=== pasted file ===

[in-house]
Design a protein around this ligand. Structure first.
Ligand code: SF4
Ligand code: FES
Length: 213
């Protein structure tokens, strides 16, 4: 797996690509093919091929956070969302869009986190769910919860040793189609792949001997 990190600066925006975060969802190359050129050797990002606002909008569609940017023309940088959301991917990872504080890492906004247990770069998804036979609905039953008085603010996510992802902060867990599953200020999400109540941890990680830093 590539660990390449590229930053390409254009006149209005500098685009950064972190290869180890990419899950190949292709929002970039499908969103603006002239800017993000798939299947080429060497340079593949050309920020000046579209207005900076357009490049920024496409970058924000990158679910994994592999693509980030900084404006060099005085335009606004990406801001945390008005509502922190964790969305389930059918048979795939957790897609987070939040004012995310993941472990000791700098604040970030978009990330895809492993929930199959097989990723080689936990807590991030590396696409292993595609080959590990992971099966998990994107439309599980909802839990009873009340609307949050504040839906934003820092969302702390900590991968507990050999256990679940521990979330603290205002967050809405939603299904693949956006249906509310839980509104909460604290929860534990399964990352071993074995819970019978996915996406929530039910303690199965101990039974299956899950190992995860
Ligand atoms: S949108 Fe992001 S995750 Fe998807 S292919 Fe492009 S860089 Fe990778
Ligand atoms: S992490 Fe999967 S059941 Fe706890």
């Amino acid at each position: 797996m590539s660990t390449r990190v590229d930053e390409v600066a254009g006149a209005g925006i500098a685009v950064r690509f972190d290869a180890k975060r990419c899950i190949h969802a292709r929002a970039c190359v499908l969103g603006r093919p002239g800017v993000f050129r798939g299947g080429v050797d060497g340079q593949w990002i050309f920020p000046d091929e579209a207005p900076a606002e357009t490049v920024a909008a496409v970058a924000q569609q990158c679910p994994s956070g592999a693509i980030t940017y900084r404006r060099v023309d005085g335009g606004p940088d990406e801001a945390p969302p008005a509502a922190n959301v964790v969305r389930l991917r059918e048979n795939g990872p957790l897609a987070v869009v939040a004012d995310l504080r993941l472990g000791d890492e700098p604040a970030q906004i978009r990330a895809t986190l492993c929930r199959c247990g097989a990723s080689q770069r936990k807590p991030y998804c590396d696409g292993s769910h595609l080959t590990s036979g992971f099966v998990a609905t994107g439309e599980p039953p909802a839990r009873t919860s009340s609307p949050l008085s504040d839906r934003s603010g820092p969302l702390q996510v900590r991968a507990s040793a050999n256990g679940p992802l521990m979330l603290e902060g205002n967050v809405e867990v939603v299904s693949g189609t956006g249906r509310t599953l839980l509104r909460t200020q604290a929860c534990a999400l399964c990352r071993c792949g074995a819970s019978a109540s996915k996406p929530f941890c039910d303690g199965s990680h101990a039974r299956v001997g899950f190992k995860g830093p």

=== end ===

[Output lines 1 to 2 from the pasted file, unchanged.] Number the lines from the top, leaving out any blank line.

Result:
[in-house]
Design a protein around this ligand. Structure first.